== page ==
Retiring a short distance, the men slept on their arms for a few hours, when they where aroused and taken across the Chickahominy. Here the regiment lay under arms until the evening of the 28th of June, when it marched via Savage Station, and crossing the White Oak Swamp, arrived on the evening of the 29th at Charles City Cross Roads. The Fifth and a battalion of the Bucktails were thrown forward close up to the enemy’s line. Lest in the darkness friend should be mistaken for foe, the men were directed to bare the right arm to the shoulder. The pass word was “Bucktail” and the answer “five.
On the following morning, the brigade was withdrawn, and dispositions were made for repelling an attack from the direction of Richmond, and to protect the junction of the New Market and the Quaker or Turkey Bridge road. By half-past three in the afternoon the battle had fairly began, the rebels attacking with great fury. Soon after the contest opened, the enemy moved a heavy column to the right and came down with great impetuosity upon Seymour’s brigade. Colonel Simmons was immediately ordered to move with the Fifth and the Eighth regiments to its support, the Fifth gallantly led by Lieutenant Colonel Fisher. This order was promptly obeyed, the men moving forward at a double quick and charge bayonet, but not a moment too soon for a furious attack with infantry and artillery was met just in time to stay and repel it.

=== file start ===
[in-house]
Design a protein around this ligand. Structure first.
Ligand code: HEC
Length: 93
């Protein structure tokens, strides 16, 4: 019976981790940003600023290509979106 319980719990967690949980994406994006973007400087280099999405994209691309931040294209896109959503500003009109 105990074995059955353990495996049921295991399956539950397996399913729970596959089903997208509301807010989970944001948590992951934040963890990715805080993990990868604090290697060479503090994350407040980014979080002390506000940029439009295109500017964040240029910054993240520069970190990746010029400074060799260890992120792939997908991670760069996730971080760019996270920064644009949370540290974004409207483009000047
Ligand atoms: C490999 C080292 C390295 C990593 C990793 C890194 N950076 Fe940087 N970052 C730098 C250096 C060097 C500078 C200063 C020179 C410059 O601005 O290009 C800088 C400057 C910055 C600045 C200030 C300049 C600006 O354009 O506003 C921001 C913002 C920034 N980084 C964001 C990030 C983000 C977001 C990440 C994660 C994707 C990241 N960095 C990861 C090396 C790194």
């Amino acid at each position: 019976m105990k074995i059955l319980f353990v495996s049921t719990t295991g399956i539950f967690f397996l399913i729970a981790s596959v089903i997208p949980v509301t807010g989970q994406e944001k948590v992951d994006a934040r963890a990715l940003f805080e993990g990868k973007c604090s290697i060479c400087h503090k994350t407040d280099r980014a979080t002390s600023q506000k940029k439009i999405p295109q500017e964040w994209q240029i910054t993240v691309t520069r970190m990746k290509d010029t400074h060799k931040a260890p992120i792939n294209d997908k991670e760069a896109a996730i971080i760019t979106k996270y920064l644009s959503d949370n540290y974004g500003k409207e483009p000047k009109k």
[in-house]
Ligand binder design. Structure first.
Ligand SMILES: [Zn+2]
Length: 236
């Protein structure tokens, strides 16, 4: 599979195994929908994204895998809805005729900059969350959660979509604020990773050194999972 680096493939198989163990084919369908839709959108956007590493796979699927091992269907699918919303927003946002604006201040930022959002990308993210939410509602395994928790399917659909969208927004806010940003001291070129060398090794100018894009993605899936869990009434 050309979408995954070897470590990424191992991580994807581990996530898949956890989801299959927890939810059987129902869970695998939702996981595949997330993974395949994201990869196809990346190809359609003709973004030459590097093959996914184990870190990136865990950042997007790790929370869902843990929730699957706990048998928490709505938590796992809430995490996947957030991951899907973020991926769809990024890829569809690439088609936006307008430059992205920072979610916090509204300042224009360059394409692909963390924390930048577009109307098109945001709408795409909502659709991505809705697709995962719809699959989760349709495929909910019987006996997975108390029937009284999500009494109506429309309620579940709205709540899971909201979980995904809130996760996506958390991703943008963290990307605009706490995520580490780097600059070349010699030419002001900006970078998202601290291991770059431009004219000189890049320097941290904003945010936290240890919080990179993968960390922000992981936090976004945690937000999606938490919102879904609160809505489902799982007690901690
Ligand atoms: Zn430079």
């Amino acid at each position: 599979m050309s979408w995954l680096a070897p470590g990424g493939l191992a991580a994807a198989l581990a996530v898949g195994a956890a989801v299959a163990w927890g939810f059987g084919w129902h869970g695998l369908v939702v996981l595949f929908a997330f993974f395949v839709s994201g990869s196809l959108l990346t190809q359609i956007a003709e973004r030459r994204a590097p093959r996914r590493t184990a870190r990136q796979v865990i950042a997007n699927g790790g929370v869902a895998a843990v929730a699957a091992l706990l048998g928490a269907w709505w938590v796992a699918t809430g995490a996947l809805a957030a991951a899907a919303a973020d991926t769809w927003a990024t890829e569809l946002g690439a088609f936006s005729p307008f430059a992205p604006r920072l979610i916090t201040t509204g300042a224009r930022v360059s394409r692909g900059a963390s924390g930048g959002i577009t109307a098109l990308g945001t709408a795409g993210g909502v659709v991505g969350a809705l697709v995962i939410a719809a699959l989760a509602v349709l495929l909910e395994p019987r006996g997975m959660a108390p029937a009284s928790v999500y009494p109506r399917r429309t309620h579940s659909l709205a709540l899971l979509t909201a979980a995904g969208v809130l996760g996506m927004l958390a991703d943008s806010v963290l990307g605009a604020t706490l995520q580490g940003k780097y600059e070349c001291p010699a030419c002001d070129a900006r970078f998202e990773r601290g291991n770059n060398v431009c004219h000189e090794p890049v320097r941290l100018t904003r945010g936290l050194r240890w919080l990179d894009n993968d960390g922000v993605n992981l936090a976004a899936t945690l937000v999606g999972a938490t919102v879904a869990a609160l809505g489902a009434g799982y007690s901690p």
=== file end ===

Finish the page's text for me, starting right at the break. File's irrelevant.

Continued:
In this charge the Seventh and Seventeenth Virginia regiments were nearly annihilated, the greater portion being either killed wounded or taken prisoners. Shortly afterwards the enemy issued from the woods in front in great force, and for nearly two hours the battle raged fiercely, the enemy making desperate efforts to break our lines and gain the road, on which were passing the immense supply trains of our army; but without success.
In the heat of the struggle, Colonel Simmons, leading his men with determined bravery and unequalled skill, fell mortally wounded and died in the hands of the enemy. A soldier by profession and a man of the strictest honor, a patriot from principle and brave to a fault, the Reserve Corps lost no more trusted leader, nor loved companion in arms. Here fell, too, Captain Taggart, of Company B, an excellent soldier, whose loss was severely felt. In the three battles, at Mechanicsville on the 26th, Gaines’ Mill on the 27th, and Charles City Cross Roads on the 30th of June, the regiment lost eighteen killed, one hundred and fifteen wounded, and one hundred and three taken prisoners.
Resting upon the field until two A. M. of the 1st of July, the regiment proceeded to Malvern Hill, where was fought the last grand battle before Richmond, in the Peninsula campaign. The Fifth was under fire, but not actively engaged, and on the morning of July 2d, moved with the army to Harrison’s Landing, where it went into camp. The vacancy occasioned by the death of Colonel Simmons, was filled by the promotion of Lieutenant Colonel Fishery Major George Dare was appointed Lieutenant Colonel, and Captain Frank Zentmyer, Major.
Second Battle of Bull Run
General McClellan’s Peninsula campaign was now at an end, and General Pope, in command of the Army of Northern Virginia, was beginning to feel the weight of the enemy’s force concentrating on his fronts The troops under McClellan were accordingly ordered forward to his support. Pope finding the line of the Rapidan untenable with his meagre force, withdrew to the Rappahannock, where, upon his arrival, he was joined by Reynolds with the Reserve Corps. Finding Jackson in his rear, Pope hastened with his little army to meet, and if possible overpower him before he could be reinforced. The Reserves moved via Warrenton and Gainesville to the First Bull Run battleground, arriving on Thursday, the 28th.